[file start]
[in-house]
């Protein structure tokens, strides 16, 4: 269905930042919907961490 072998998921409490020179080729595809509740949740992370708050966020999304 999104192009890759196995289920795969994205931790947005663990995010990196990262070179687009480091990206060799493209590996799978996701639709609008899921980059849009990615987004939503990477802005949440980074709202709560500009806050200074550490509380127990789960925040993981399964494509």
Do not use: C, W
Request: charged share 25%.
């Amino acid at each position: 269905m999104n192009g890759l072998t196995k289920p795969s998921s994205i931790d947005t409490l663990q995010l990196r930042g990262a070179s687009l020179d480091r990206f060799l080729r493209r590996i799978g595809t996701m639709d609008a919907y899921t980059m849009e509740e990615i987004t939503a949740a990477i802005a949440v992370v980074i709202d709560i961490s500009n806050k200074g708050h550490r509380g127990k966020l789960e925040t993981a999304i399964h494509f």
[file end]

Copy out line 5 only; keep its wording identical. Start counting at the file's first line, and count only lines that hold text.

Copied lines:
């Amino acid at each position: 269905m999104n192009g890759l072998t196995k289920p795969s998921s994205i931790d947005t409490l663990q995010l990196r930042g990262a070179s687009l020179d480091r990206f060799l080729r493209r590996i799978g595809t996701m639709d609008a919907y899921t980059m849009e509740e990615i987004t939503a949740a990477i802005a949440v992370v980074i709202d709560i961490s500009n806050k200074g708050h550490r509380g127990k966020l789960e925040t993981a999304i399964h494509f």